Treatment of Low Testosterone: The management of relative androgen deficiency may include:

Lifestyle changes, such as improving diet, avoiding drugs and alcohol, increasing physical activity and exercise specifically weight training, reducing stress, and increasing sleep.

Addressing any underlying health or medical conditions that may help contribute to low testosterone levels.

Testosterone replacement therapy (TRT) might be considered for those men who have consistently low testosterone levels along with significant symptoms that impacts their quality of life. TRT should be carefully monitored by an experienced healthcare provider due to potential risks and side effects.

Considerations for Treatment of Relative Androgen Deficiency: There is ongoing debate within the medical community about the benefits and risks of testosterone replacement therapy, especially in older men. It is essential to balance the potential improvements in quality of life and symptom relief with the risks of therapy, which may include side effects. Not all physicians are experienced in the nuances of HRT and having a doctor that knows how to monitor and create a personalized protocol with proper dosing of testosterone for patients is vital for their success. There is growing mountain of scientific literature and clinical trials which show the benefits of optimal testosterone levels in men with Low T, so the interest in TRT is gaining popularity due to the potential benefits and improvements in health and wellness.

Relative androgen deficiency is a condition characterized by lower-than-optimal levels of androgens, particularly testosterone, in relation to age and individual needs. It can lead to various physical, emotional, and cognitive symptoms. Diagnosis and treatment require a comprehensive approach, including lifestyle modifications and, in some cases, hormone replacement therapy under medical supervision. To learn more about whether you may qualify for treatment, call or text NovaGenix Health and Wellness at 561-277-8260 or email us at info@novagenix.org to see how we can help treat you for relative androgen deficiency.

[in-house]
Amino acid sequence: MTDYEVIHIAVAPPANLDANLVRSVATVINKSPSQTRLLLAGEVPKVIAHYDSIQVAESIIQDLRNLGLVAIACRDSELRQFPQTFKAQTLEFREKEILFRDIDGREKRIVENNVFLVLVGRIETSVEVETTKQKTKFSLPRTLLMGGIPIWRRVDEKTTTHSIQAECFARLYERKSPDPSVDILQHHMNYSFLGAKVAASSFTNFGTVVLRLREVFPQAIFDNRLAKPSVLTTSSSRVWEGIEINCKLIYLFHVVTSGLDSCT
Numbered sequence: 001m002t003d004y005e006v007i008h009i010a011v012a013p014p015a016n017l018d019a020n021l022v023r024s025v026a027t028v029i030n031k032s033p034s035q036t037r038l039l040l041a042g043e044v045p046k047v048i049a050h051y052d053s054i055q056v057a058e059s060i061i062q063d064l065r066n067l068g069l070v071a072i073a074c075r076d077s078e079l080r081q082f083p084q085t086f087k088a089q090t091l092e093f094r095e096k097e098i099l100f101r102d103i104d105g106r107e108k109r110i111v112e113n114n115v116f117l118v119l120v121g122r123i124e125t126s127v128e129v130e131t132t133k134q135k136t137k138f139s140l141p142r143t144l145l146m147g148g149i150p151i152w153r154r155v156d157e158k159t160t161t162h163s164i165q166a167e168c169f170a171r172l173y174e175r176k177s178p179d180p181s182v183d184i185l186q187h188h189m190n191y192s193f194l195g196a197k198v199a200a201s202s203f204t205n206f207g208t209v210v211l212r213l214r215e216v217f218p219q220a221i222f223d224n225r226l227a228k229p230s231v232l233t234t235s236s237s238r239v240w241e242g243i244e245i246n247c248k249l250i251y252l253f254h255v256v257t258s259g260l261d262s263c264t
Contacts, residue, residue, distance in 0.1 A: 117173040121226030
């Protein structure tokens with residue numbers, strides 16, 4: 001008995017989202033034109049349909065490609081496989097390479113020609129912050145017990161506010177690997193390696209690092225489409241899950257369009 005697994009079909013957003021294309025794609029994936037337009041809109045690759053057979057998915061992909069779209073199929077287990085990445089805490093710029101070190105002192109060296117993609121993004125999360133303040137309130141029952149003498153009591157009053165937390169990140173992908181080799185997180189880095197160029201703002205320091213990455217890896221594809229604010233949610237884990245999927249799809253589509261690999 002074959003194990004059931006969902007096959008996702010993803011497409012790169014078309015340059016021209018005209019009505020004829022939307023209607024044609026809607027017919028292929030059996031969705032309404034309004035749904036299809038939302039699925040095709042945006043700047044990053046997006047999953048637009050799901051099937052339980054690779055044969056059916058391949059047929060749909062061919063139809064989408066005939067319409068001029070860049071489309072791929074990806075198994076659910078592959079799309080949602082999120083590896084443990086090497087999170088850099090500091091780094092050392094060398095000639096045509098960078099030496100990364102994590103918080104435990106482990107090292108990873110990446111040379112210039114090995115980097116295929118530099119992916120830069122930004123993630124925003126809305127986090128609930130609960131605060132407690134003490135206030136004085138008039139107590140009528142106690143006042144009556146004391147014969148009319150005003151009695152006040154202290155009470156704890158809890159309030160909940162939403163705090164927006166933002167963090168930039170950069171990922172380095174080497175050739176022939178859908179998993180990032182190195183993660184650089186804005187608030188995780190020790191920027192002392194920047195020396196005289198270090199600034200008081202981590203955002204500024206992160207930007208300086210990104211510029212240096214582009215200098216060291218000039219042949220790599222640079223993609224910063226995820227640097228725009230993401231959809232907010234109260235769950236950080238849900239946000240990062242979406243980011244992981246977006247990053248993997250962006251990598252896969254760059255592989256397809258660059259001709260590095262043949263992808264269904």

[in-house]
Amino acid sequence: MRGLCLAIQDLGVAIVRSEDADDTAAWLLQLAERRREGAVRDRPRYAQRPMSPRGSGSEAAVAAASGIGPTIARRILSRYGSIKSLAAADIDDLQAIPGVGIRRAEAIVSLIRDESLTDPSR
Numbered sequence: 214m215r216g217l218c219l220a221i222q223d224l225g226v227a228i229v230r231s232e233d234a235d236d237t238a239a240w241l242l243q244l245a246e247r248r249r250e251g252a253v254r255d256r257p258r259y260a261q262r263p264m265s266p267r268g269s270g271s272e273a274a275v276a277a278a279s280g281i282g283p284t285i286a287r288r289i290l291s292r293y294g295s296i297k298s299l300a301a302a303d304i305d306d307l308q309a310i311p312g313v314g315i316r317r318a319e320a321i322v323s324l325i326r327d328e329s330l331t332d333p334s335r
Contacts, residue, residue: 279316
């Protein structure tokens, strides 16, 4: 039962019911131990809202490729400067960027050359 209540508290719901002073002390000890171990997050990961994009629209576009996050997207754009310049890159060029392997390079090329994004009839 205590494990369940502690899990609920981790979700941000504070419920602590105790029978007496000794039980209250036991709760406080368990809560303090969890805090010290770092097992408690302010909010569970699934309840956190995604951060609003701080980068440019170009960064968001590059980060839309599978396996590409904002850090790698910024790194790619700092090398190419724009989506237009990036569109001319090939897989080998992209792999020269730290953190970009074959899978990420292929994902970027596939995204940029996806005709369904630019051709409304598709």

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Blood Work Request Form

This subsequent lab panel is necessary for males undergoing Testosterone Replacement Therapy (TRT) through NovaGenix Health and Wellness. It allows physicians to assess the patient's response to prescribed medications, covering sex hormone levels, thyroid function, adrenal health, hematocrit, and liver and kidney function. The panel includes tests such as:

  • Complete Blood Count
  • Comprehensive Metabolic Panel
  • Testosterone (Free and Total)
  • Estradiol Sensitive
  • Thyroid Stimulating Hormone
  • Prostate Specific Antigen

Each test serves a specific purpose in monitoring overall health and treatment effectiveness. When required, Dr Mackey may require LH and FSH (Luteinizing hormone, follicle stimulating hormone) SHBG (Sex hormone binding globulin) or any other tests which may be important for your health and optimizing your hormones.

The Comprehensive Hormone and Wellness Panel for Women offers a foundational assessment of sex hormones, thyroid function, adrenal health, metabolic activity, and overall well-being. This panel serves as a diagnostic tool for identifying testosterone and estrogen deficiencies, assessing health risks, and detecting potential thyroid issues before considering hormone replacement therapy. Additionally, it includes insights into hematocrit (red blood cell volume), as well as liver and kidney function. The panel encompasses various tests such as:

  • Complete Blood Count (CBC)
  • Complete Metabolic Panel
  • Testosterone (free and total)
  • Estradiol
  • Thyroid Stimulating Hormone (TSH)
  • Progesterone

When indicated, Dr. Mackey may require additional tests such as Follicle Stimulating Hormone (FSH), and IGF-1 and Cortisol.